On developing a collective response
Managing a pandemic of a new infection will require a coordinated effort. Bangladesh Preparedness and Response Plan (BPRP) for Covid-19 published in July by the Health Services Division and a corresponding UN plan published in April underscore the importance of such a collaborative arrangement across government agencies, private sector, civil society organizations, academia, UN agencies, various development partners, and of course, the media. Both frameworks, which are in alignment, stress “multi-sectoral” strategy.
We are already seeing great examples where RT-PCR labs set up in both public, private, and academic institutions took daily testing from only a few hundred in April to nearly 15,000 in the June-July timeframe. Brac’s sample collection booths increased access to tests for common citizens.
The four mobile companies, in an unprecedented collaborative arrangement, have joined hands with the government to develop a highly sophisticated, artificial intelligence-supported syndromic surveillance system for early detection of cases.
The Community Support Teams (CST), jointly conducted by Brac and DGHS, have laid the foundation for community-based syndromic surveillance. The CSTs can be trained to become proficient rapid antigen testers.
Decision-making coalitions with public health and infectious disease experts, as well as economists, teachers. and community members can be formed to bring their unique expertise to this issue.
Target setting is key
As a nation, we have done well in setting targets to achieve the Millennium Development Goals, LDC graduation, immunization, women’s empowerment and now are gunning to be a poster child nation for achieving the Sustainable Development Goals.
Similarly, we can and should take the challenge of swinging from a laggard to a champion of aggressive testing in a matter of months. As Covid-19 will not disappear any time soon, we should prepare comprehensively and aggressively, and for the long term until we get everyone in the country immunized against the coronavirus.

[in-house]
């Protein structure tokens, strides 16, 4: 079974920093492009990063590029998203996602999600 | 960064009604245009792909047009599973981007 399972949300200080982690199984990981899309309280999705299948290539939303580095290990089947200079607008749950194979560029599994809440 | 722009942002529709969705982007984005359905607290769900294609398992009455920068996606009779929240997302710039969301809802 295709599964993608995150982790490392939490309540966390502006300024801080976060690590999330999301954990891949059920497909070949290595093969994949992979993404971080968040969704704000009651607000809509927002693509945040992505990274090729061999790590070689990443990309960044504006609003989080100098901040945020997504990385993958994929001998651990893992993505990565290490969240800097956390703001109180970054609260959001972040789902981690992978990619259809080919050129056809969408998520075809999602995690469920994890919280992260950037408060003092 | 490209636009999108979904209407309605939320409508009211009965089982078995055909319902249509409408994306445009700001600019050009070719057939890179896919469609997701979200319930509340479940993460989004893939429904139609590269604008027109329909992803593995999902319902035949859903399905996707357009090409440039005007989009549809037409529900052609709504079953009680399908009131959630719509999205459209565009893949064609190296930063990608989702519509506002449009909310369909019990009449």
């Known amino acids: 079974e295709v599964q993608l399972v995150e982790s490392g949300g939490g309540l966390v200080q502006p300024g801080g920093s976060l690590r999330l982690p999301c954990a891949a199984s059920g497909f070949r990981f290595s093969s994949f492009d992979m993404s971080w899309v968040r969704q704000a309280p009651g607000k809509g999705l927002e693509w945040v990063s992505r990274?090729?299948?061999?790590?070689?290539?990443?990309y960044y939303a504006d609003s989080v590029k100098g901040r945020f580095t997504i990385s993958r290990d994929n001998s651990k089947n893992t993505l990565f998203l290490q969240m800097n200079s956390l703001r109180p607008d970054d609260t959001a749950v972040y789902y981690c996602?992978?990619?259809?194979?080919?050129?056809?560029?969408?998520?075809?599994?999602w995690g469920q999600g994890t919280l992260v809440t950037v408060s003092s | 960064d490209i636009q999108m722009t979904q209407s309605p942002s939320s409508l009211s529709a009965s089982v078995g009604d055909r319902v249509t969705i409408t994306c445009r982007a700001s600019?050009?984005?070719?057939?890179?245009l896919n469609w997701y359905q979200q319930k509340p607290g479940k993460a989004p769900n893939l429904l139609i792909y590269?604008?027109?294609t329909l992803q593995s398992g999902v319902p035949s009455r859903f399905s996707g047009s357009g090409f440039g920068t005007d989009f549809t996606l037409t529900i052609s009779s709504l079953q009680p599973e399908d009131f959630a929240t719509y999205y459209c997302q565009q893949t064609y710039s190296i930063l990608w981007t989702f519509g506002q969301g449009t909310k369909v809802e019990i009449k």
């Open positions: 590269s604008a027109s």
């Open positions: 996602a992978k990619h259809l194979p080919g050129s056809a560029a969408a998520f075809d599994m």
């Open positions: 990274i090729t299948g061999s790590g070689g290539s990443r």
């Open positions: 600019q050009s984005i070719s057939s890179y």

The current high humidity and temperature is a fortuitous opportunity for us to prepare and devise a plan for the upcoming effect of the pandemic; however, this turnaround will require us to set targets. Without losing any more time, we must set aggressive but achievable targets for disease containment, curbing mortality, and testing coverage at all administrative levels from national to local.
The important thing to realize is that this virus is faster than our typical decision-making process. Our processes must be highly nimble and responsive to new learnings. The expert advisor groups within the government, private sector, and development communities must possess that capability to rapidly learn, assimilate, and recommend.
More than a headcount
By now, for most of us the disease has reached very close to home. It’s no longer affecting people from another city, another household, or another family. It is now among us and in our homes. Even with the low mortality rate, the ones we risk losing are our parents, grandparents, teachers, and highly respected elders.
If we zoom out for a minute, we can see that they are the most senior members of our society with the wealth of experience and knowledge, the ones who built the country for us, and the ones who are our emotional and intellectual caregivers.
The loss of the senior members and leaders of the society is much larger than a headcount. It is not ideal for a country to aim for such a future. It is not desirable for any of us to allow such an episode in the history of Bangladesh.
Ayesha Sania is Research Scientist (Epidemiologist), Columbia University. Shams El Arifeen is Senior Director and Senior Scientist, Maternal and Child Health Division (MCHD), International Centre for Diarrhoeal Disease Research, Bangladesh. Anir Chowdhury is Policy Advisor, a2i, ICT Division/Cabinet Division/UNDP Bangladesh. Tamanna Urmi is Data Analyst in Fraud detection, Gojek, Indonesia.